On Tuesday, Nov. 14, at 8 p.m. in the Performing Arts Center's Main Theater, a musical master and mentor will be honored with the first concert of the season a tribute to his 25 years of making great music at the University.
The University-Community Symphony Orchestra, under its new musical conductor, Findlay Cockrell, will honor Dr. and Polly Gottschalk with its first fall concert. A one-hour program, followed by a reception in the Futterer Lounge, will include guest soloists Sheila Reinhold of New York City on the violin, and Randall Ellis, faculty member in the Department of Music, on the oboe.
"For 25 years Dr. Nathan Gottschalk has been a powerful force in the Department of Music, as University-Community Orchestra conductor, teacher of violin and viola, department chairman (2 terms-plus), teacher of orchestral and chamber music literature, conducting, and more," states Findlay Cockrell, conductor of the University-Community Symphony Orchestra as of the 1995-96 academic year. "He has a wealth of experience and he brought this experience to us."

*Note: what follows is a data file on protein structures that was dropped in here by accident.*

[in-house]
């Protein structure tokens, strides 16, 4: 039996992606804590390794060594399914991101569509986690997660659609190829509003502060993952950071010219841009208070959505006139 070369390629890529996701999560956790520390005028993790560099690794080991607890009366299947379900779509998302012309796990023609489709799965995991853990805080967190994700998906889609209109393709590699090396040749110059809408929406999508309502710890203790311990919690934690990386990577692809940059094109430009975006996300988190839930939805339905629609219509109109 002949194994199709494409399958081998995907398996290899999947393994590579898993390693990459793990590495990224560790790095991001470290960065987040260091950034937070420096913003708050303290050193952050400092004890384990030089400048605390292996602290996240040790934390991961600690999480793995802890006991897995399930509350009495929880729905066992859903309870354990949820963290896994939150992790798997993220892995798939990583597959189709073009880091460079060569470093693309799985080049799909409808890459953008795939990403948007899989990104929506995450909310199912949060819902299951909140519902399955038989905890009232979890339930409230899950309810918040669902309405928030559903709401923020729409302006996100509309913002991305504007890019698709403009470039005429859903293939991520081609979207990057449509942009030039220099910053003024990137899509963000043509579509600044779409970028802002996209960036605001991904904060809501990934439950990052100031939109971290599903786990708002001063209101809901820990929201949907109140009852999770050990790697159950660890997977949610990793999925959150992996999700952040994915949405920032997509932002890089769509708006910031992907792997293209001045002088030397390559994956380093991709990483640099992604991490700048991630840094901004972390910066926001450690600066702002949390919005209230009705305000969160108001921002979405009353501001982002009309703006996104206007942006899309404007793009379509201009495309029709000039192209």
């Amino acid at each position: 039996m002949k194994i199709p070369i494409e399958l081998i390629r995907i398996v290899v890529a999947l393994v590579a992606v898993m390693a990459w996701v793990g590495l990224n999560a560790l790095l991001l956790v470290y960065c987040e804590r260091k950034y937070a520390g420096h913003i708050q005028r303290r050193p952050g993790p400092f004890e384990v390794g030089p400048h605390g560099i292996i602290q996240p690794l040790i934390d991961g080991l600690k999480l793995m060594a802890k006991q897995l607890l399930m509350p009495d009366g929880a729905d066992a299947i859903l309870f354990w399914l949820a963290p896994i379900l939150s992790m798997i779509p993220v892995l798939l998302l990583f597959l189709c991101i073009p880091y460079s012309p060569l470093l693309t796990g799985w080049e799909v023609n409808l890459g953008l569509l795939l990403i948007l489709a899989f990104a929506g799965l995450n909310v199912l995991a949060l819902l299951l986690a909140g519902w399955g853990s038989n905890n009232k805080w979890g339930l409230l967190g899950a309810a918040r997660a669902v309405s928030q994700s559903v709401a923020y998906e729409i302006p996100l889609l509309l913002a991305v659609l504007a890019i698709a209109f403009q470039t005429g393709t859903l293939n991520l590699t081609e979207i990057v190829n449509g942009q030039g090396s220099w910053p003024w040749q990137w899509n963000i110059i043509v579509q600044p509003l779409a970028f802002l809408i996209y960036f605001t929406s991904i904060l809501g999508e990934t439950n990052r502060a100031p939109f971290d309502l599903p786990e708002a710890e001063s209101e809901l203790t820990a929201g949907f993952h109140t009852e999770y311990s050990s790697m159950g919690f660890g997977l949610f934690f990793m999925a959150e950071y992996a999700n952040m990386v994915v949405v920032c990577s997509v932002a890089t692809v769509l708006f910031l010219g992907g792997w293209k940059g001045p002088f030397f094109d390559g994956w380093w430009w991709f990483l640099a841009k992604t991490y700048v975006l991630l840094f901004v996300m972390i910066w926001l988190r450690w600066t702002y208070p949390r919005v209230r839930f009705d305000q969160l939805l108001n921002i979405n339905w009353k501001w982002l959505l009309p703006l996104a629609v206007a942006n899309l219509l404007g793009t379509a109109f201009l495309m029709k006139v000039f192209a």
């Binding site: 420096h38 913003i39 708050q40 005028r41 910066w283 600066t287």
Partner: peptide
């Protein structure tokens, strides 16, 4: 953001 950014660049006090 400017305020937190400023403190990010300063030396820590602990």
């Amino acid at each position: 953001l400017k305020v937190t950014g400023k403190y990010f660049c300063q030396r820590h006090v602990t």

That "wealth" for Gottschalk includes 36 years as conductor and music director for the Pioneer Valley Symphony in Greenfield, Massachusetts, music director of the Amherst Opera Company, appearances as conductor with all-state music festival orchestras, and summers spent at the Chautauqua Institute where he headed the music school and taught violin.
Max Lifchitz, who joined the Department of Music in 1986, said "Dr. Gottschalk has served the University well, because he made sure that the Department of Music became and remained a viable part of the educational and cultural life of the University."
With Cockrell's own transition from long-time outstanding teacher and concert soloist to the department's first new conductor in 25 years, Gottschalk generously became a critical collaborator.
"Dr. Gottschalk has been working with me in the difficult area of finding people to play the instruments in the orchestra. All conductors share this trait in common because the chief headache is not in learning the music but in creating the orchestra!"
Cockrell confesses that he knew he would be a likely candidate as Gottschalk's replacement during the 1995 spring semester when he was asked to substitute as conductor at an orchestra rehearsal.
"Dr. Gottschalk came to my office and simply said to me, 'I am looking for someone who likes to conduct'. I felt this was a lovely gesture. It was his way of saying I had his stamp of approval."
The concert program will begin with Nicolai's Overture to his opera The Merry Wives of Windsor, Bach's Concerto for Violin, Oboe and Strings, then move on to the 10-movement ballet Suite:The Comedians by Kabalevsky, and concluding with the Introduction and Rondo Capriccioso by Saint-Saens.
Admission is free.<
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